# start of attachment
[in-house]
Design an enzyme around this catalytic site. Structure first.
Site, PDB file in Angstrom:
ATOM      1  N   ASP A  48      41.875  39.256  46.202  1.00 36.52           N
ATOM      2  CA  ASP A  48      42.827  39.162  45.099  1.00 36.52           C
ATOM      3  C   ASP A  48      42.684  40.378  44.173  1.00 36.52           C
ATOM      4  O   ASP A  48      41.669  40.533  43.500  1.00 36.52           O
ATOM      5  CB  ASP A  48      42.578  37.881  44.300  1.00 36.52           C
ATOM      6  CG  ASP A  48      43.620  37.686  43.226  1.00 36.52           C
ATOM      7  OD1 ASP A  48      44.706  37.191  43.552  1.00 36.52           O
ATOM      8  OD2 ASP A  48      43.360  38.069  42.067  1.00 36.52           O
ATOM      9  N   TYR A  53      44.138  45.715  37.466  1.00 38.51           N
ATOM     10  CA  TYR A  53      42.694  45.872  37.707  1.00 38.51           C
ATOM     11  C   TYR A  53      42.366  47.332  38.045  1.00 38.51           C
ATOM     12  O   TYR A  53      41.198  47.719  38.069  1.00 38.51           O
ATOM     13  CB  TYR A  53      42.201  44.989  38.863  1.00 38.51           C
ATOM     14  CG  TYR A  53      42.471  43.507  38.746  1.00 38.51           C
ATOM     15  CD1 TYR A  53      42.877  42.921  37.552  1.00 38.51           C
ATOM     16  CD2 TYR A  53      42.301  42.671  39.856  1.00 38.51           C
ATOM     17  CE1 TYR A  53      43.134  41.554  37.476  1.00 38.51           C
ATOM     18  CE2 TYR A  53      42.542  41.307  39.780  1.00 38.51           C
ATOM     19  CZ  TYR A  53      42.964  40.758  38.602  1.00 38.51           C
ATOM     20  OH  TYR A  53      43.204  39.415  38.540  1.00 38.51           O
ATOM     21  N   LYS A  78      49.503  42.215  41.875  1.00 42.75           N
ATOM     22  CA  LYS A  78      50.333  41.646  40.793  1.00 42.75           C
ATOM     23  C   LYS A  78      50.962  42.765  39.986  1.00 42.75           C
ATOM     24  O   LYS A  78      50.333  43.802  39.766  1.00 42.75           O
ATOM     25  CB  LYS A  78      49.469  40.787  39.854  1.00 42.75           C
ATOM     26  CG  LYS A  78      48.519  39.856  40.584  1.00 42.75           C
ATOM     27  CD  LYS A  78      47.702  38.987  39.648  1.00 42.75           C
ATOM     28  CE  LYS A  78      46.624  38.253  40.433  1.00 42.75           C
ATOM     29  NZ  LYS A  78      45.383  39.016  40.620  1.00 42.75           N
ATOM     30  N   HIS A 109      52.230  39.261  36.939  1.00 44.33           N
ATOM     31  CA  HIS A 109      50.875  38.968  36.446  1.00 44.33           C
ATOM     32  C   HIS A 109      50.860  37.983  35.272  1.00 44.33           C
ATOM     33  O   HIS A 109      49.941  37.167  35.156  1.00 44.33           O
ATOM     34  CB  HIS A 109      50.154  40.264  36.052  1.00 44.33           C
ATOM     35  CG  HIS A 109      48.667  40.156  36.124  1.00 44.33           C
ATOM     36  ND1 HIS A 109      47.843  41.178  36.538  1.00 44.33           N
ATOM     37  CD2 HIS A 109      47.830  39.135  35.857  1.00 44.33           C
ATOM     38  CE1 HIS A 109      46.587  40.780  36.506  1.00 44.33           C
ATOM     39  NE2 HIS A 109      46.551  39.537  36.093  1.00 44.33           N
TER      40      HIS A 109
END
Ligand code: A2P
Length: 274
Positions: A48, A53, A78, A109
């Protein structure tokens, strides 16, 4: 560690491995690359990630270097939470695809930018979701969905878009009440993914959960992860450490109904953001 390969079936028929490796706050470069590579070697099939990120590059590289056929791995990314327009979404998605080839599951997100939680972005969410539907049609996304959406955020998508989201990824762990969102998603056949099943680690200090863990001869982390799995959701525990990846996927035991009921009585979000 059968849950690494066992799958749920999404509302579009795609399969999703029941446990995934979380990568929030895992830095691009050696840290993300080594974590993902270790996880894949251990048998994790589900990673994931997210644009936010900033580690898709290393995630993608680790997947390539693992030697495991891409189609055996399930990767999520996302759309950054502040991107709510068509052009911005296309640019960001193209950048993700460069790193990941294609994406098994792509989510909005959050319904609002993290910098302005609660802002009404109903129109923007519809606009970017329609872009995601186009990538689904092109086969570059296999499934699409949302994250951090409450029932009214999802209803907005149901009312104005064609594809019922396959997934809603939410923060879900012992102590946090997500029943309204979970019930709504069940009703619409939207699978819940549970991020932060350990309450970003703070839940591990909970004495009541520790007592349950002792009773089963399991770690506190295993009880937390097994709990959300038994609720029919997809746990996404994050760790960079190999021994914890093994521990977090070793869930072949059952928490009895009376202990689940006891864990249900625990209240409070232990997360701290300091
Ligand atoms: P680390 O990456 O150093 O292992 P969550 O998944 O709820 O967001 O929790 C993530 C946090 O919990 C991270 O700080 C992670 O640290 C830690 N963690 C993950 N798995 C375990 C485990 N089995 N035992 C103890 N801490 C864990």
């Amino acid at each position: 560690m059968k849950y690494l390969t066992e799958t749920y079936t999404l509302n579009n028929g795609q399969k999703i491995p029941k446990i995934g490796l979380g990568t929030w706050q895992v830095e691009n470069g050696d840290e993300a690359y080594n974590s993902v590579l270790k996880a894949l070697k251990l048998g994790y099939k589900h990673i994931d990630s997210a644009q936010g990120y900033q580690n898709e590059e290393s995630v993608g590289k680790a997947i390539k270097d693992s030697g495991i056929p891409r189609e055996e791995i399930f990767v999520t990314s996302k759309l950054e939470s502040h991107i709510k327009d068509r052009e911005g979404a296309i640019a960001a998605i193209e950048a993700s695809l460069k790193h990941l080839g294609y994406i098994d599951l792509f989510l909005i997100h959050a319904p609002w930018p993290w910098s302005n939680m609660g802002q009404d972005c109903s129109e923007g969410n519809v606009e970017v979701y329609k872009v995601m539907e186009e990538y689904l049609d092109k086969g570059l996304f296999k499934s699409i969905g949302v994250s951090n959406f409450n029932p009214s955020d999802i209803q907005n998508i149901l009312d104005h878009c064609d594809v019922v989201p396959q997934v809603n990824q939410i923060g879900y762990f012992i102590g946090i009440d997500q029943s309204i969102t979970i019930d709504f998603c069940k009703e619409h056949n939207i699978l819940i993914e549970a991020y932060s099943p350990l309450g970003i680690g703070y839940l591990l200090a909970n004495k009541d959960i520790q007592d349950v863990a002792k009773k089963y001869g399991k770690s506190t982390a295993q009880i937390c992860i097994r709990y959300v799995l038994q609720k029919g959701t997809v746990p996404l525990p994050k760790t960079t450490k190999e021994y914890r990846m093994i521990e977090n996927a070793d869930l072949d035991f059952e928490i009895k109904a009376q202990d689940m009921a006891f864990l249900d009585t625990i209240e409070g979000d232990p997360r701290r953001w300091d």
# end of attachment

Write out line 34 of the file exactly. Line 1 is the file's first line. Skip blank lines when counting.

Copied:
ATOM     31  CA  HIS A 109      50.875  38.968  36.446  1.00 44.33           C